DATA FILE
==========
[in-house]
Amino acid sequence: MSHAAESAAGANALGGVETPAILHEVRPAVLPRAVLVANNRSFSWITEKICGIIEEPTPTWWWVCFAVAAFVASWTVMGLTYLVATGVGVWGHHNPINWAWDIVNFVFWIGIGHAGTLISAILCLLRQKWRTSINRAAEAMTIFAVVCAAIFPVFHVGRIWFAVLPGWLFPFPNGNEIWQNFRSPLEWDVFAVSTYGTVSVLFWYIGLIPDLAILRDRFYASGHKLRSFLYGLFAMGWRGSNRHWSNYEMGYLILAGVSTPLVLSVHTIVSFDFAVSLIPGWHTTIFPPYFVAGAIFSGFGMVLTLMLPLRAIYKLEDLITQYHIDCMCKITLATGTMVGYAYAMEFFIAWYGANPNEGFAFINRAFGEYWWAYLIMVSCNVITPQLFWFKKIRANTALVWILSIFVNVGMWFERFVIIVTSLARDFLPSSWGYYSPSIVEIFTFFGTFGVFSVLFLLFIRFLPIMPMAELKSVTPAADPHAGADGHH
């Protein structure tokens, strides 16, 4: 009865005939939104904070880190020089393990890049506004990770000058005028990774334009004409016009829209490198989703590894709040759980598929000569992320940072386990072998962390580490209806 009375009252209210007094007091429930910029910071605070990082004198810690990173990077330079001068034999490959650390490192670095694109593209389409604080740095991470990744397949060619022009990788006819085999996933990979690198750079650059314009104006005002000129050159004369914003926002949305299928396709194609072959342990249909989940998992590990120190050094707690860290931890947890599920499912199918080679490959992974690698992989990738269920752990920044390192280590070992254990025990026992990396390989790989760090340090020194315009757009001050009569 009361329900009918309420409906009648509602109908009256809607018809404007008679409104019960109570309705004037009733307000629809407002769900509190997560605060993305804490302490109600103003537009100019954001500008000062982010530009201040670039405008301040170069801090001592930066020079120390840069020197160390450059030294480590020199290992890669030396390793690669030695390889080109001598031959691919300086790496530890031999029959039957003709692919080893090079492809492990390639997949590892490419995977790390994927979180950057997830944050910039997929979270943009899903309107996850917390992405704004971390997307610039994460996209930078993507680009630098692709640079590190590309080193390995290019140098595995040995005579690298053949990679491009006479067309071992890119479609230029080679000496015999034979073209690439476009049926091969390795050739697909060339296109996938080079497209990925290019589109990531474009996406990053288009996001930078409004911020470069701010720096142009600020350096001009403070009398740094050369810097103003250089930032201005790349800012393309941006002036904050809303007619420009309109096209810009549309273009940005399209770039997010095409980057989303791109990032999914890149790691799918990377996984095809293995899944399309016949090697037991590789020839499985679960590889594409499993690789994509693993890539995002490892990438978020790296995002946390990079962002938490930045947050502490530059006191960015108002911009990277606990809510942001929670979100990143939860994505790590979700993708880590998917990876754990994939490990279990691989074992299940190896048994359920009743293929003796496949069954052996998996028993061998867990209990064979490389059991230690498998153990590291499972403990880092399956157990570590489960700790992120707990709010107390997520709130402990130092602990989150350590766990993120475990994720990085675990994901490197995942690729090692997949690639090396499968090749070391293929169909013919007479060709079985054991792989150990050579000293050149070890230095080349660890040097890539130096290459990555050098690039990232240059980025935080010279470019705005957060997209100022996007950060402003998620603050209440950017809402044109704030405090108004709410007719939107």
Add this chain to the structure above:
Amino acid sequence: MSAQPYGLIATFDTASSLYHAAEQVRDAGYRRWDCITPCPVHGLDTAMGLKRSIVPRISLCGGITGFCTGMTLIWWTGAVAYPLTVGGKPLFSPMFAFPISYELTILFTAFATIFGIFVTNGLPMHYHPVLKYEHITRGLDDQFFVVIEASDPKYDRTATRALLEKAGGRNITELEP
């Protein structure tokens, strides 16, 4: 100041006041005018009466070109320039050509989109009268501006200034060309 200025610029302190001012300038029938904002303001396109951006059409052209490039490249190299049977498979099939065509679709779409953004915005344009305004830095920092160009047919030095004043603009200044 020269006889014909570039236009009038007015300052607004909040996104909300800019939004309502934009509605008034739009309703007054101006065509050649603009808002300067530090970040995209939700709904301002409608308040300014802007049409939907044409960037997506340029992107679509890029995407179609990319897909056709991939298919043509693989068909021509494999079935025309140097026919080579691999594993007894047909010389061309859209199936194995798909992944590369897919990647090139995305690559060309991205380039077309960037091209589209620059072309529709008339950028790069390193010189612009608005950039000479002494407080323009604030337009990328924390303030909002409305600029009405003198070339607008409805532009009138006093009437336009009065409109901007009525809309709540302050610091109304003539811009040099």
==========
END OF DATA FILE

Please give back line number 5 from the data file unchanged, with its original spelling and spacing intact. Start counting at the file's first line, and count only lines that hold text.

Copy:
Amino acid sequence: MSAQPYGLIATFDTASSLYHAAEQVRDAGYRRWDCITPCPVHGLDTAMGLKRSIVPRISLCGGITGFCTGMTLIWWTGAVAYPLTVGGKPLFSPMFAFPISYELTILFTAFATIFGIFVTNGLPMHYHPVLKYEHITRGLDDQFFVVIEASDPKYDRTATRALLEKAGGRNITELEP